In the three years since Dru Sjodin's kidnapping, Minnesota and North Dakota have made major changes in the way they handle sexual predators, keeping more of them locked up longer and supervising them more closely after they get out of prison.

Both states adopted tougher sentencing. Minnesota commits many more sex offenders to security hospitals after their prison sentences run out and North Dakota expanded its sex offender treatment program.

The changes are partly a response to Minnesota's decision not to commit convicted sex offender Alfonso Rodriguez Jr. in 2003, six months before 22-year-old Sjodin was abducted in Grand Forks, N.D.

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"It led to a sea change in thinking about how we sentence dangerous sex offenders," said Eric Lipman, the sex offender policy coordinator for Gov. Tim Pawlenty.

Jury selection for Rodriguez' trial was beginning Thursday in federal court in Fargo, N.D., where he charged with kidnapping resulting in the death of the University of North Dakota student. Sjodin's body was found near Crookston, where Rodriguez had been living since finishing a 23-year prison term for attempted kidnapping and assault. He had previous convictions for aggravated and attempted rape.

Sjodin's father, Allan Sjodin, used the word "tension" to describe the feelings as the young woman's family and friends arrived at the courthouse Thursday morning. He declined further comment.

Federal prosecutors have said they will seek the death penalty for Rodriguez if he is convicted.

North Dakota took a closer look at its entire range of programs dealing with sex offenders because of the Sjodin case, said Brian Weigel, a specialist in the state's Parole and Probation Division.

"That case put it in the forefront," he said. "The most horrific thing that could happen on this Earth — we are using it for something positive."

Minnesota officials had classified Rodriguez as a Level 3 sex offender — the type deemed most likely to strike again. But before his release in 2003 they decided against trying to commit him to a security hospital as a sexual predator, and because he had served his entire 23-year sentence he was under no restrictions when he left prison.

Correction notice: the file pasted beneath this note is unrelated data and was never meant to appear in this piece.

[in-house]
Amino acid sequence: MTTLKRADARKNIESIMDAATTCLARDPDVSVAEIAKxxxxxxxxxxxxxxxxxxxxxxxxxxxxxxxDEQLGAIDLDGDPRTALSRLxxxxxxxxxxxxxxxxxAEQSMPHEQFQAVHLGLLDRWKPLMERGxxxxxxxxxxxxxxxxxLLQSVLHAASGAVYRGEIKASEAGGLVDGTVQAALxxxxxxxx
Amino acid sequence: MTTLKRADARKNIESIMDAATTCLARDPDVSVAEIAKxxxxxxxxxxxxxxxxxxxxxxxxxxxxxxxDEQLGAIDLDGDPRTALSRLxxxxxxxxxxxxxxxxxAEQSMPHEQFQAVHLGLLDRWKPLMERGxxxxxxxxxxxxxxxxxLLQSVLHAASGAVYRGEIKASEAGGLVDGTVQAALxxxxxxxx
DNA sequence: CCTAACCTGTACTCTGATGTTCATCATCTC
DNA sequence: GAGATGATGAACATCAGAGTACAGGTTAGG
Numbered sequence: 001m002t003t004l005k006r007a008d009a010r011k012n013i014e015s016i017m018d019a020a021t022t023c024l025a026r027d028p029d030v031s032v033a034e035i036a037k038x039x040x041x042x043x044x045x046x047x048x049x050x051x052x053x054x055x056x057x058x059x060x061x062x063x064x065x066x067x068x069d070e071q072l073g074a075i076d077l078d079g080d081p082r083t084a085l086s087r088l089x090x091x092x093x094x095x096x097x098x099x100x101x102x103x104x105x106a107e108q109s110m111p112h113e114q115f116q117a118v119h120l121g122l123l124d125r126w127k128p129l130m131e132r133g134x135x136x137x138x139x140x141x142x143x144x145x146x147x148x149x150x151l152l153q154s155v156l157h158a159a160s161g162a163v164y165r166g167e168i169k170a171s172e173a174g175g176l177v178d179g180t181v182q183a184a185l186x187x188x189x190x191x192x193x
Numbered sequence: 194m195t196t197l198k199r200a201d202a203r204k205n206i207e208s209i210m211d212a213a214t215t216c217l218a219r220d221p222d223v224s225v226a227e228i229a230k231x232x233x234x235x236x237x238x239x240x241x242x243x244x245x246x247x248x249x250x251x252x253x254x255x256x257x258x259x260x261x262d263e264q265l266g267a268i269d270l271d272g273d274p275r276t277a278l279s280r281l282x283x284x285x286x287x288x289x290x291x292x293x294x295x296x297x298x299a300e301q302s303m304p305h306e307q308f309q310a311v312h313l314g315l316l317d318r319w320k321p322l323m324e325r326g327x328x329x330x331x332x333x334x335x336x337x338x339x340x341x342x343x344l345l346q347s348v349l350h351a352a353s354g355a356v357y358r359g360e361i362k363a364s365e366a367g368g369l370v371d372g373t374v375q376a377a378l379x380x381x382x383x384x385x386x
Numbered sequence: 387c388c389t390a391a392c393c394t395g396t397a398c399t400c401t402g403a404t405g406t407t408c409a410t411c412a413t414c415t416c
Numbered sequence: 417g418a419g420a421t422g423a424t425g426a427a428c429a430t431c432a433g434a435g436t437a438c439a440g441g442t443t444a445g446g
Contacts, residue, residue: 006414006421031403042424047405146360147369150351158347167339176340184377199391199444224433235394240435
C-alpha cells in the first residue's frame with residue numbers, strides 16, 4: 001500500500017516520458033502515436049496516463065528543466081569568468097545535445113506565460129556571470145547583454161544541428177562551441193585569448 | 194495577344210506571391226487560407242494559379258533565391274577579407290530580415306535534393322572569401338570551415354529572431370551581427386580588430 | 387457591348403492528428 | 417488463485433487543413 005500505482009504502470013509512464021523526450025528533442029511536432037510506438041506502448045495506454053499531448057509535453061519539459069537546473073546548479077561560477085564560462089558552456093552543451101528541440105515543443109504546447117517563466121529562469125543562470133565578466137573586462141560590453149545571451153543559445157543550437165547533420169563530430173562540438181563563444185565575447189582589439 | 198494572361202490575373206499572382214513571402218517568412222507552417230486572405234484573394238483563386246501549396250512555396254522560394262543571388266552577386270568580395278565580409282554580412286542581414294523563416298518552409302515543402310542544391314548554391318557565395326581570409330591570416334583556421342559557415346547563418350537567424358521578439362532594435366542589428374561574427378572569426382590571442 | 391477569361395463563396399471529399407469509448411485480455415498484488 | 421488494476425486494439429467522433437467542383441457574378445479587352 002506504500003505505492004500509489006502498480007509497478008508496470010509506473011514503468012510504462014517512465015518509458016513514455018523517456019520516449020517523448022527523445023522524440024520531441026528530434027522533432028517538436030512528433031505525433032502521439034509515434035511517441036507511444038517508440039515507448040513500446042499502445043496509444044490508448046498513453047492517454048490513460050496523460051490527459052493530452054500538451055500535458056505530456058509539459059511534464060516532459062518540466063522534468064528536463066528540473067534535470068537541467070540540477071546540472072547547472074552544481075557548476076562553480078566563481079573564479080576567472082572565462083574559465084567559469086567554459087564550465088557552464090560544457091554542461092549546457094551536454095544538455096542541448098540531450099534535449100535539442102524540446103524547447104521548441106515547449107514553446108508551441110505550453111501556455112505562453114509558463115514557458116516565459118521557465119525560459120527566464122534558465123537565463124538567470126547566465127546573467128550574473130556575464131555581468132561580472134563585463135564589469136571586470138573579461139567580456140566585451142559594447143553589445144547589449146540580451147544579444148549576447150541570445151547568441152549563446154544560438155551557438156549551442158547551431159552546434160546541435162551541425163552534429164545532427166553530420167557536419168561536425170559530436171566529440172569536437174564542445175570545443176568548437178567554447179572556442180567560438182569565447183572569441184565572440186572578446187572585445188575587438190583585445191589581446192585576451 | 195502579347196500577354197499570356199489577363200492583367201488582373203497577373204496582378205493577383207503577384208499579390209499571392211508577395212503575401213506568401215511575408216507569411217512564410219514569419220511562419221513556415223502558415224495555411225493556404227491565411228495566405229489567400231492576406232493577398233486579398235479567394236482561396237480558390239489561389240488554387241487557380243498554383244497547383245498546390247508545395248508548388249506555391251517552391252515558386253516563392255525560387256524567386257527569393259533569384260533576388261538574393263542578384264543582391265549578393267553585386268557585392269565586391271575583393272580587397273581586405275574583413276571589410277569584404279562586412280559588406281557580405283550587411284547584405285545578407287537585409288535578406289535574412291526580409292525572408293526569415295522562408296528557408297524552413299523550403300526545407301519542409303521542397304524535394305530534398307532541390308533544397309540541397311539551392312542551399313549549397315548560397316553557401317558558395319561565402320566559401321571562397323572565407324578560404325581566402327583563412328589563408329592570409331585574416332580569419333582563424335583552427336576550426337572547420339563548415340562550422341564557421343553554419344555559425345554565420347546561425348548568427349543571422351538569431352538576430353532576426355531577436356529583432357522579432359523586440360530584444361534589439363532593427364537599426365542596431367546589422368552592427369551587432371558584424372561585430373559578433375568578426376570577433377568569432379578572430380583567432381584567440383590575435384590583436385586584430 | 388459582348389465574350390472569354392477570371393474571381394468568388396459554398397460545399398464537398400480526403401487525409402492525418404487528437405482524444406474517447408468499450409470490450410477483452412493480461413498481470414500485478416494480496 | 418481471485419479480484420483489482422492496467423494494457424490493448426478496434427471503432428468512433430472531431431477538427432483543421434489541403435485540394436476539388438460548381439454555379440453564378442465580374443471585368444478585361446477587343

Stung by the criticism that followed Rodriguez' arrest in Sjodin's death, the Minnesota Department of Corrections began referring every case of Level 3 offenders approaching release to local prosecutors for decisions on whether to seek commitment. Corrections had previously referred only selected cases.

About 350 Level 3 offenders are now committed indefinitely to two security hospitals, up from about 190 in mid-2003. About 15 to 28 offenders were committed per year before Sjodin's kidnapping, but last year 58 were committed.

In theory, the people in Minnesota's program could complete treatment and get out, but as a practical matter nobody does. More than half of the people locked up refuse treatment.

"Given the political circumstances, I don't see that (release) happening in the near future," said Eric Janus, a professor at the William Mitchell College of Law in St. Paul.

North Dakota had 22 people civilly committed from 1997 to about 2004. That's up to 46 or 47 now, said Duane Houdek, a spokesman for North Dakota Gov. John Hoeven, "and we know that's going to expand. We really broadened the net to look at lower levels of sex offenders than we had been doing."

Legislators in both states voted to impose life sentences for the most serious sex crimes, including life without chance of parole when murder is involved. Beginning Aug. 1 in Minnesota, sentences for all other sex crimes also will be longer, and inmates who don't do well in treatment will get extra prison time.

North Dakota created a special unit in its Parole and Probation Division.

"We're able to monitor better and assist them, and early on, when we see them in a relapse cycle, we're able to intervene, or we're able to intervene early and take them off the streets early," Weigel said.

Ramsey County Attorney Susan Gaertner, president of the Minnesota County Attorneys Association, said that while the changes in sentencing are welcome, they aren't enough.

"I hope that when the headlines fade that we still have a commitment to supervision and treatment of those that will be released," she said. "We have to have all three — long sentences for the worst of the worst, treatment for those in our facilities, and supervision of those who are released."